Despite these disturbing effects, my organization, the Education Trust-West, is focusing our attention on education finance. Earlier this year, we released “The Cruel Divide,” looking at the difference in funding between wealthy and poor districts. After running the numbers, we found that the poorest districts in California actually receive $620 less per pupil than the wealthiest districts. Around the time that we released that paper, the “Occupy” protests were in full swing, and the issue of income inequality was in the media spotlight. To this day, I wonder if I shouldn’t have taken our finance briefs to the Occupy encampment in downtown Oakland and given a detailed explanation of the impact of Proposition 13 on unrestricted school district revenue. My speech would have given protestors something useful to attack – or saved downtown by turning them catatonic.
Last week we released our second finance paper, “Tipping the Scale Towards Equity,” using a new set of school finance data collected by the U.S. Office of Civil Rights (OCR). This paper examines differences in spending on teachers and schools inside California’s 20 largest school districts.
To read more, click here.
As the debate over school funding and weighted student formula continues to heat up in California and around the nation, The Education Trust—West releases its latest report, Tipping the Scale Towards Equity: Making Weighted Student Formula Work for California’s Highest-Need Students. Using new data submitted by school districts to the Office of Civil Rights (OCR) at the U.S. Department of Education, this report reveals disturbing school funding inequities and inconsistencies in California’s twenty largest school districts.
“California’s education funding system is fundamentally unfair,” said Arun Ramanathan, Executive Director of The Education Trust—West, a statewide education policy, research, and advocacy organization that works to close the gaps in opportunity and achievement for students of color and students in poverty. “As a state, we fail to adequately fund our schools. We fail to fund school districts based on the needs of their students. And as this report reveals, we fail to distribute education dollars to local schools based on student need.”
The report reveals that:
Almost all of California’s 20 largest school districts have significant teacher salary gaps between their highest- and lowest-poverty schools. Within the districts studied, lower-poverty schools with more experienced teachers receive far more funding per teacher than higher-poverty schools. Teachers in better-off schools can earn up to $6,600 more than teachers in the poorest schools. For an average-size elementary school with 34 teachers, the annual teacher funding gap would be $224,000.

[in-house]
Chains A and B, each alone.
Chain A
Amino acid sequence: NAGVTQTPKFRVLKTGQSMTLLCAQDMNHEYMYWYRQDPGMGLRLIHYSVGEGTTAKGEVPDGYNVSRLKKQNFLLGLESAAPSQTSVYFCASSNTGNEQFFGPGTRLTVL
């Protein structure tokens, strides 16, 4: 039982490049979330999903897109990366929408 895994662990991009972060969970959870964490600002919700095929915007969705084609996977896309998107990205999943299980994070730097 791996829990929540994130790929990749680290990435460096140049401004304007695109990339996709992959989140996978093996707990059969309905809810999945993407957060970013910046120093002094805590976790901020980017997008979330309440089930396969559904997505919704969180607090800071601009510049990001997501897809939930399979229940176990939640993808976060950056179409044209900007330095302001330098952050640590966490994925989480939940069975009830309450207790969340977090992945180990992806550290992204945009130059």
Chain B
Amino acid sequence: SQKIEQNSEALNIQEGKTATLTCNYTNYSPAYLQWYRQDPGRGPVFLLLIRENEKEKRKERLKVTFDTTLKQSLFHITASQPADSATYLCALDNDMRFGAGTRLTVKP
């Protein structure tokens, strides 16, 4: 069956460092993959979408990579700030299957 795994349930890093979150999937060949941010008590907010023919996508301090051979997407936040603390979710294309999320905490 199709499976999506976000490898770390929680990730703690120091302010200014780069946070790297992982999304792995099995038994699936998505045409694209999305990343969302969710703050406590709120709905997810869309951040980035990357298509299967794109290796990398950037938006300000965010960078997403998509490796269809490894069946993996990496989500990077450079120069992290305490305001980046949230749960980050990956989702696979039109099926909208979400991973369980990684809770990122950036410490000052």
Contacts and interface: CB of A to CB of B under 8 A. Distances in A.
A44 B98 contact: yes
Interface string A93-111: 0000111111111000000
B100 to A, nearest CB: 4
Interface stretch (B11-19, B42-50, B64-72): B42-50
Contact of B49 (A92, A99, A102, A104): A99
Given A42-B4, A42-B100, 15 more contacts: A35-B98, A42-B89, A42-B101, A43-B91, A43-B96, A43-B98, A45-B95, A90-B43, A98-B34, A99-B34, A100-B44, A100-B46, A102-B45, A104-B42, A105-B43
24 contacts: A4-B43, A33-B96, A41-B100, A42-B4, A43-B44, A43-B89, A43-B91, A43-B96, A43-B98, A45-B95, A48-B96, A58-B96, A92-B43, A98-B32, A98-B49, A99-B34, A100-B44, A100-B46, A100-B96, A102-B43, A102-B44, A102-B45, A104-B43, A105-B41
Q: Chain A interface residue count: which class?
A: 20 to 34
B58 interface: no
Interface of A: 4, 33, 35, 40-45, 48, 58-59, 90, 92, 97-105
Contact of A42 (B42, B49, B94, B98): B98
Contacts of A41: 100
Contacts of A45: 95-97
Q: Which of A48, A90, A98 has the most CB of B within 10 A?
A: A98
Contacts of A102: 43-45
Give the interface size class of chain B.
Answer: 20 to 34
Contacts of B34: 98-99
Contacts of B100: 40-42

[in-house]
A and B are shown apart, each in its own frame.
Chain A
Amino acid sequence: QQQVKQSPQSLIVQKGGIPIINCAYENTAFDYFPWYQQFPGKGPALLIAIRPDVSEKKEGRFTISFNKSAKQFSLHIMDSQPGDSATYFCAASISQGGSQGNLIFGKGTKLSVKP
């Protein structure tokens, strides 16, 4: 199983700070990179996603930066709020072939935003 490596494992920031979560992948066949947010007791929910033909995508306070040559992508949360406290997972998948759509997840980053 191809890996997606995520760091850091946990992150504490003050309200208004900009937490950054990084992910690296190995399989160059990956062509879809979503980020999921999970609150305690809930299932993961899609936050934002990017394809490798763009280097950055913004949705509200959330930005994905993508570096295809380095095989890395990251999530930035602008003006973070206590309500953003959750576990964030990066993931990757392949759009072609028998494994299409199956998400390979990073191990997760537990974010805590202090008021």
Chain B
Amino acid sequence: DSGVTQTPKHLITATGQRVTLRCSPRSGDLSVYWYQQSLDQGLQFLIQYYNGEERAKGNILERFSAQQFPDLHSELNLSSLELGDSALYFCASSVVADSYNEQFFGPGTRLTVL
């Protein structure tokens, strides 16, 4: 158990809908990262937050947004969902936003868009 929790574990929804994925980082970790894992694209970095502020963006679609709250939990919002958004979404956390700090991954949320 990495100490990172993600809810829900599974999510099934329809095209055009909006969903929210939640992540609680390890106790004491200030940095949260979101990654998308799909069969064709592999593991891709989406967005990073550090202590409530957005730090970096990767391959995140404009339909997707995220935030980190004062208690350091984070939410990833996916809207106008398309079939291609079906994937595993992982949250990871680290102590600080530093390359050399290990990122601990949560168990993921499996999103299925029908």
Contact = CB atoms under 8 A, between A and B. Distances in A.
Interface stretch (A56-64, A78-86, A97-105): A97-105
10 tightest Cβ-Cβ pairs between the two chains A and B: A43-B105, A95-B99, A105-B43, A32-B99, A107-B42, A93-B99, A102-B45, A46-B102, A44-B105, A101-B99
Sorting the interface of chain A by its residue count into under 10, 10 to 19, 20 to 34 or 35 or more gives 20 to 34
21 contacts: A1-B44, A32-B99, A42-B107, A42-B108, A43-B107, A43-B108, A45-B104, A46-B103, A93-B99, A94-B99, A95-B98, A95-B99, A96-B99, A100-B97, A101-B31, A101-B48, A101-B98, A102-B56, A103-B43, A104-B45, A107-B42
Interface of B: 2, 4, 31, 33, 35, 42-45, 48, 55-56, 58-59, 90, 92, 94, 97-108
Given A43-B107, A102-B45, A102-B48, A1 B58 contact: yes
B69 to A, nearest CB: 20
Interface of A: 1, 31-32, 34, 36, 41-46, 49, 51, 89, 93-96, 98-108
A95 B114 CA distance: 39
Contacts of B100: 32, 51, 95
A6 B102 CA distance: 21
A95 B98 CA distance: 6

Per-pupil school spending is not clearly aligned to student need. For example, within a single district, per-pupil school spending can range from $3,692 to $5,424—a difference of over $1,700. This spending is not clearly targeted to the needs of students in schools or any other discernible metric.
There are large gaps between the per-pupil revenues that districts receive from the state and the dollars per student that they report spending at the school level. For example, one California district took in $7,445 per student in revenue from state and local sources in 2009-10, but reported that it spent, on average, $3,053 per student at the school level that same year. A lack of clear accounting for district- and school-level spending makes it impossible to determine how districts are investing their funding.
“Without a clear and transparent set of accounting rules for education spending at the district and school levels, California’s parents, educators, and other stakeholders can’t understand or evaluate how districts are spending their scarce resources. Nor can they determine whether funding targeted for low-income students and English learners is supporting their educational programs or being used for other purposes,” continued Ramanathan.
The report identifies promising work in other states and California school districts to more equitably distribute education funding to schools; empower school communities to make decisions on spending; and increase financial transparency. The report calls on state policymakers to use the lessons learned from these models and build on Governor Jerry Brown’s 2012 proposal to adopt a weighted student formula (WSF) that would have distributed education funding based on student need. It recommends that any future WSF proposal include strong assurances that the additional funding generated by low-income students and English learners will be spent to support their educational needs. It also recommends that the state adopt a transparent set of rules for district- and school-level expenditures; promote local stakeholder involvement in school spending decisions; and provide strong accountability for spending dollars effectively.
“Governor Brown took an important step in calling for California to shift to a weighted student formula,” continued Ramanathan. “But sending additional dollars to school districts through a WSF model won’t fix the school funding gaps identified in this report. California policymakers must commit to the school-spending equity, transparency, and accountability necessary to make weighted student formula work for high-need schools and students,” he concluded.
To read a copy of the full report, click here.
To access a user-friendly web tool to see school spending patterns within each of the twenty largest districts in the state, click here.